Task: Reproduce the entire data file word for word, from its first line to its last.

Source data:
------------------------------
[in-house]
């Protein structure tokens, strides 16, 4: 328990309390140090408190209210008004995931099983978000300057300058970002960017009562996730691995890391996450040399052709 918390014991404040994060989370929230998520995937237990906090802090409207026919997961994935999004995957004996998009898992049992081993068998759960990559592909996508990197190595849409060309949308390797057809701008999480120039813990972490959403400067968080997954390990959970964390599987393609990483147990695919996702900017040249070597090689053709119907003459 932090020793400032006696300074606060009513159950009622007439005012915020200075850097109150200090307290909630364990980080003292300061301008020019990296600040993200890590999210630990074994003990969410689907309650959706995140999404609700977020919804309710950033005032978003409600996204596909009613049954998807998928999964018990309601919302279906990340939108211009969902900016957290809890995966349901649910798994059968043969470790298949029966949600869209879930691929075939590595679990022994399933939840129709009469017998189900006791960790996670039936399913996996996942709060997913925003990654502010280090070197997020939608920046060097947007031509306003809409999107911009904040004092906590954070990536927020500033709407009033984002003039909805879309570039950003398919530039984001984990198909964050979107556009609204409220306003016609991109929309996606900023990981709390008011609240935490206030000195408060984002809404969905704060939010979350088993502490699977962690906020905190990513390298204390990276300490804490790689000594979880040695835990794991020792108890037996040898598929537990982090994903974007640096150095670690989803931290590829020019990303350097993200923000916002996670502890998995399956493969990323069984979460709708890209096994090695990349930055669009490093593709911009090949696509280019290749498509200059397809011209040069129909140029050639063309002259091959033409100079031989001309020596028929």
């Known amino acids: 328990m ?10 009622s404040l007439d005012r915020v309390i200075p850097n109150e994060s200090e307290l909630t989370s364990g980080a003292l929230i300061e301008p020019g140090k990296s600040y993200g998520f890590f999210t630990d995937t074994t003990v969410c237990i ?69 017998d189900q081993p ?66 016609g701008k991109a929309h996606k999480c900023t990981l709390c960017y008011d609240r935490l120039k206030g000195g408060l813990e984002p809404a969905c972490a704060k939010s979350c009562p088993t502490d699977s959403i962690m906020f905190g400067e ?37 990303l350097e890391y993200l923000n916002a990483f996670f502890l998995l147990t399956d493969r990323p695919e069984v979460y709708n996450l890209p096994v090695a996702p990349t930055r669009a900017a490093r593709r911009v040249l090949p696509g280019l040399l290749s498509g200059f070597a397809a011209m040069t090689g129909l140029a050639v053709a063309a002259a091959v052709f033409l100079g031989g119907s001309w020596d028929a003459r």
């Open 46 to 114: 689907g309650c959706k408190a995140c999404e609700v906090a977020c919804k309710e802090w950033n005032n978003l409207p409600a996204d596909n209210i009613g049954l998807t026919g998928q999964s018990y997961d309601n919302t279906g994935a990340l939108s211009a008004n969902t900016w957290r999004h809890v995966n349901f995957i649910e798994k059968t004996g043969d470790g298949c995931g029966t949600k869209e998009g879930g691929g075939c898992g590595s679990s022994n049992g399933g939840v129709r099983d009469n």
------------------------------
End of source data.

[in-house]
């Protein structure tokens, strides 16, 4: 328990309390140090408190209210008004995931099983978000300057300058970002960017009562996730691995890391996450040399052709 918390014991404040994060989370929230998520995937237990906090802090409207026919997961994935999004995957004996998009898992049992081993068998759960990559592909996508990197190595849409060309949308390797057809701008999480120039813990972490959403400067968080997954390990959970964390599987393609990483147990695919996702900017040249070597090689053709119907003459 932090020793400032006696300074606060009513159950009622007439005012915020200075850097109150200090307290909630364990980080003292300061301008020019990296600040993200890590999210630990074994003990969410689907309650959706995140999404609700977020919804309710950033005032978003409600996204596909009613049954998807998928999964018990309601919302279906990340939108211009969902900016957290809890995966349901649910798994059968043969470790298949029966949600869209879930691929075939590595679990022994399933939840129709009469017998189900006791960790996670039936399913996996996942709060997913925003990654502010280090070197997020939608920046060097947007031509306003809409999107911009904040004092906590954070990536927020500033709407009033984002003039909805879309570039950003398919530039984001984990198909964050979107556009609204409220306003016609991109929309996606900023990981709390008011609240935490206030000195408060984002809404969905704060939010979350088993502490699977962690906020905190990513390298204390990276300490804490790689000594979880040695835990794991020792108890037996040898598929537990982090994903974007640096150095670690989803931290590829020019990303350097993200923000916002996670502890998995399956493969990323069984979460709708890209096994090695990349930055669009490093593709911009090949696509280019290749498509200059397809011209040069129909140029050639063309002259091959033409100079031989001309020596028929």
């Known amino acids: 328990m ?10 009622s404040l007439d005012r915020v309390i200075p850097n109150e994060s200090e307290l909630t989370s364990g980080a003292l929230i300061e301008p020019g140090k990296s600040y993200g998520f890590f999210t630990d995937t074994t003990v969410c237990i ?69 017998d189900q081993p ?66 016609g701008k991109a929309h996606k999480c900023t990981l709390c960017y008011d609240r935490l120039k206030g000195g408060l813990e984002p809404a969905c972490a704060k939010s979350c009562p088993t502490d699977s959403i962690m906020f905190g400067e ?37 990303l350097e890391y993200l923000n916002a990483f996670f502890l998995l147990t399956d493969r990323p695919e069984v979460y709708n996450l890209p096994v090695a996702p990349t930055r669009a900017a490093r593709r911009v040249l090949p696509g280019l040399l290749s498509g200059f070597a397809a011209m040069t090689g129909l140029a050639v053709a063309a002259a091959v052709f033409l100079g031989g119907s001309w020596d028929a003459r």
């Open 46 to 114: 689907g309650c959706k408190a995140c999404e609700v906090a977020c919804k309710e802090w950033n005032n978003l409207p409600a996204d596909n209210i009613g049954l998807t026919g998928q999964s018990y997961d309601n919302t279906g994935a990340l939108s211009a008004n969902t900016w957290r999004h809890v995966n349901f995957i649910e798994k059968t004996g043969d470790g298949c995931g029966t949600k869209e998009g879930g691929g075939c898992g590595s679990s022994n049992g399933g939840v129709r099983d009469n």